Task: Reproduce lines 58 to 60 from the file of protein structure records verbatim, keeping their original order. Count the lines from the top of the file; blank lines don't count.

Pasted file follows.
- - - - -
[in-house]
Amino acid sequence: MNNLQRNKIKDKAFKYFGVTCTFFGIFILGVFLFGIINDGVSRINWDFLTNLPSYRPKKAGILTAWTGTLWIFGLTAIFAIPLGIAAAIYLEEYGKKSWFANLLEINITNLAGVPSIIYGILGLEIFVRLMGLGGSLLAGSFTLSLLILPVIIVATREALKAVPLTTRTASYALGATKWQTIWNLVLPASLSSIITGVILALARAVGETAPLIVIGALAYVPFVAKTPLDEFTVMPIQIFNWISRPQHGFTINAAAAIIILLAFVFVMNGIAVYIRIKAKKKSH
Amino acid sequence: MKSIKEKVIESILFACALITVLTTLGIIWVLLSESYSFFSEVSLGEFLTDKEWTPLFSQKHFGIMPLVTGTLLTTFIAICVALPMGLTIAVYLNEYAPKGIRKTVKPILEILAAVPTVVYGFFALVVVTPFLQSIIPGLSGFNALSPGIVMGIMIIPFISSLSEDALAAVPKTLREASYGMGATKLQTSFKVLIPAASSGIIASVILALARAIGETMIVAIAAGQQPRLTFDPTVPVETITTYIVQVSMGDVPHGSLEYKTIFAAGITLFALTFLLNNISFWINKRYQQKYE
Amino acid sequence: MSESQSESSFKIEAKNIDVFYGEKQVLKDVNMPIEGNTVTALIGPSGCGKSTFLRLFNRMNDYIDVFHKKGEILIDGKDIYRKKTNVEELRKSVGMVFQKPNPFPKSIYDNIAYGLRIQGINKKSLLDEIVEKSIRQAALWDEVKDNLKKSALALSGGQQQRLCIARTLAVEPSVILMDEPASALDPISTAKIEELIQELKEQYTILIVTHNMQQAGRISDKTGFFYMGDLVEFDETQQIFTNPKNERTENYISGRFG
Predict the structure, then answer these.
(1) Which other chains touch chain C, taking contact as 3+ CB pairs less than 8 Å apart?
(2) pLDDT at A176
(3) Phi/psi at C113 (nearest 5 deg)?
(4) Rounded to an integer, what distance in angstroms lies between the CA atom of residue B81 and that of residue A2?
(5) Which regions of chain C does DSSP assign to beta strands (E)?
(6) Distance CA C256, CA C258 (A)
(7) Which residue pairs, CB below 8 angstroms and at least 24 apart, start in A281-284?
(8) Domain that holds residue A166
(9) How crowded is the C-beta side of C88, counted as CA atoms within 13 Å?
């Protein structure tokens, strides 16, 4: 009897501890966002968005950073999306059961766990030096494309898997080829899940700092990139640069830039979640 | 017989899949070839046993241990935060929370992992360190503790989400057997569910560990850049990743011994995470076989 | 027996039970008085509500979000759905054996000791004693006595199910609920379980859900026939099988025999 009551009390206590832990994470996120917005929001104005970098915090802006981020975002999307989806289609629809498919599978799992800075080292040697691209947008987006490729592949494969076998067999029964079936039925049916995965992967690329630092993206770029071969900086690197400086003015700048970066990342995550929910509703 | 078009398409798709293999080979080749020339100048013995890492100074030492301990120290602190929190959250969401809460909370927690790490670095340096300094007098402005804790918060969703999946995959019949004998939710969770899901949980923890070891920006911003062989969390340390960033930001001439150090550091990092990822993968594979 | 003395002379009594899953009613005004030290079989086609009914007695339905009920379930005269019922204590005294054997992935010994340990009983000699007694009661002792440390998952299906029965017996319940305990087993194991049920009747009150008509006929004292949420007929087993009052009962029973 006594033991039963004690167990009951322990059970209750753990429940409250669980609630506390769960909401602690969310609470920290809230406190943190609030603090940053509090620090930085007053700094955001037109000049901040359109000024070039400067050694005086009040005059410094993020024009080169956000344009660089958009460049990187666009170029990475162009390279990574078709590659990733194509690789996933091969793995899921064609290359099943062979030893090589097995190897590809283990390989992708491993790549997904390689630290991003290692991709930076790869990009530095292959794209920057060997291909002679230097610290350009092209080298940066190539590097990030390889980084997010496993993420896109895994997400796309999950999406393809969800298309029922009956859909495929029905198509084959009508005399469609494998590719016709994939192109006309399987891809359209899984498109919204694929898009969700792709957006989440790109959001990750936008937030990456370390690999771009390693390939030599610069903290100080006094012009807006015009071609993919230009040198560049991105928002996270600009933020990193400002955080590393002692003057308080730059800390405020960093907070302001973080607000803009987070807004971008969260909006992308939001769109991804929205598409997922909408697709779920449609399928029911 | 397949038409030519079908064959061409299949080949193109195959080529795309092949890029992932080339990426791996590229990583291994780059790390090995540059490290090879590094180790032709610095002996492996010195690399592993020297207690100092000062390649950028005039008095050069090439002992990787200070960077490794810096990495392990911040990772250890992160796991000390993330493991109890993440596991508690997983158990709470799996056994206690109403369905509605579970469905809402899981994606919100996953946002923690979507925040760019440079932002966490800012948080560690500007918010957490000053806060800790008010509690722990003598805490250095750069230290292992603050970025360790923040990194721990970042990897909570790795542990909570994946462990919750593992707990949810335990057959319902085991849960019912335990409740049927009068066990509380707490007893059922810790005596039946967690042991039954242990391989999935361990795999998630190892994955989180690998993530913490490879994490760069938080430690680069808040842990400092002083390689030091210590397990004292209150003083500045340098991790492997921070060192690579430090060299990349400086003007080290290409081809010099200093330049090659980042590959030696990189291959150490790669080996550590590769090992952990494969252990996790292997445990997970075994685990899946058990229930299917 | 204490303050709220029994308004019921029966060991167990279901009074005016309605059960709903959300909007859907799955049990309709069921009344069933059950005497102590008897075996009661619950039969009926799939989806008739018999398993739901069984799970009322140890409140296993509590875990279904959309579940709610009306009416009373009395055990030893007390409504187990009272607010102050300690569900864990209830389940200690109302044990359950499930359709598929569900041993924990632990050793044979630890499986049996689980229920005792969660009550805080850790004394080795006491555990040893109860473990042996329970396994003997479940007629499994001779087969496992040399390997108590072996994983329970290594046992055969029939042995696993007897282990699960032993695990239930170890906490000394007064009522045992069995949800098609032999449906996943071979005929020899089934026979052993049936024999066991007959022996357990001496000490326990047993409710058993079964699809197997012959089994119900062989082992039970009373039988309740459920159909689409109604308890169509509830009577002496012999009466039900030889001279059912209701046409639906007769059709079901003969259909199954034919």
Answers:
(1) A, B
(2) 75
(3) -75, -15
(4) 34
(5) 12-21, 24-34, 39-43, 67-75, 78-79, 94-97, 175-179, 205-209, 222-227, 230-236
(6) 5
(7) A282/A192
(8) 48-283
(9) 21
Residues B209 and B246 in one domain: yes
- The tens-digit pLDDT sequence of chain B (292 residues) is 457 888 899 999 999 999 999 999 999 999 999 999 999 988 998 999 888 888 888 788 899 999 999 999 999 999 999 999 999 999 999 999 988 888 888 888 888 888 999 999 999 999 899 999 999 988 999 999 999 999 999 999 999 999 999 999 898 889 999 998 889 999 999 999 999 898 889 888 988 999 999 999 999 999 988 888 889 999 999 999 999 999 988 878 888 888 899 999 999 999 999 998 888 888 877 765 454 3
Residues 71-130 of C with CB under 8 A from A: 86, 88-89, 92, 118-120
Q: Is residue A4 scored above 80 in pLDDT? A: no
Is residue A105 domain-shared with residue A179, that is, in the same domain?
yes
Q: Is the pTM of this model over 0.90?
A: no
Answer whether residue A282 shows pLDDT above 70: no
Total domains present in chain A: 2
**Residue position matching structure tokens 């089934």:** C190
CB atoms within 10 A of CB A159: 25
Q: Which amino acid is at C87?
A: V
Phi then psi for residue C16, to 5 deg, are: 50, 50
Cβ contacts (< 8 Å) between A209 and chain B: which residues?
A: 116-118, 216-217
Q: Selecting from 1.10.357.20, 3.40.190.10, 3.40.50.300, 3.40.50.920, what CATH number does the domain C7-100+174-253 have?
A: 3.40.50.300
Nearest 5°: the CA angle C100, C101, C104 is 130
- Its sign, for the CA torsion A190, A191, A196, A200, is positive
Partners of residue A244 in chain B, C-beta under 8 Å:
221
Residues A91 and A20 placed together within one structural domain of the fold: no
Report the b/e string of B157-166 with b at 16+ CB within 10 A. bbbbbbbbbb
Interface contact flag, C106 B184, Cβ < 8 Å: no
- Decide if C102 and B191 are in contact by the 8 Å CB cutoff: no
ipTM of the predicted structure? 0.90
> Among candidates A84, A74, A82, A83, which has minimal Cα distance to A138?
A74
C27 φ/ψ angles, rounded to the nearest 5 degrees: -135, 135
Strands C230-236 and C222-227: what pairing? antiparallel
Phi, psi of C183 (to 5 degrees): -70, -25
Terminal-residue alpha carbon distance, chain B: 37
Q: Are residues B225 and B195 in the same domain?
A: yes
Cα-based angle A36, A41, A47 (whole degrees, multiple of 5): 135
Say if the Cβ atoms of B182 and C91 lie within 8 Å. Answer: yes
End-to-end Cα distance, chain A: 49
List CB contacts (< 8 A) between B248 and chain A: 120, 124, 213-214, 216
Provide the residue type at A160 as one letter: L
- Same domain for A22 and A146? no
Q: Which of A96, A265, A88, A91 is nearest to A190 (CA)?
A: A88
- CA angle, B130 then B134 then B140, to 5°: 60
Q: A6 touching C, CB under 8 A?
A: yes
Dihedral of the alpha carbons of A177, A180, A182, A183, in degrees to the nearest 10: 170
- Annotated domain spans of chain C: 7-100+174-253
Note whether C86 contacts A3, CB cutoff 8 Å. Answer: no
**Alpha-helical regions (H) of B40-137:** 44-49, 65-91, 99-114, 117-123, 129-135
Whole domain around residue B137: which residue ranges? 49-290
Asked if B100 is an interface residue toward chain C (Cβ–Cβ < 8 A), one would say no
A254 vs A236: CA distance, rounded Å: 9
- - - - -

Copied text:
Phi, psi of C183 (to 5 degrees): -70, -25
Terminal-residue alpha carbon distance, chain B: 37
Q: Are residues B225 and B195 in the same domain?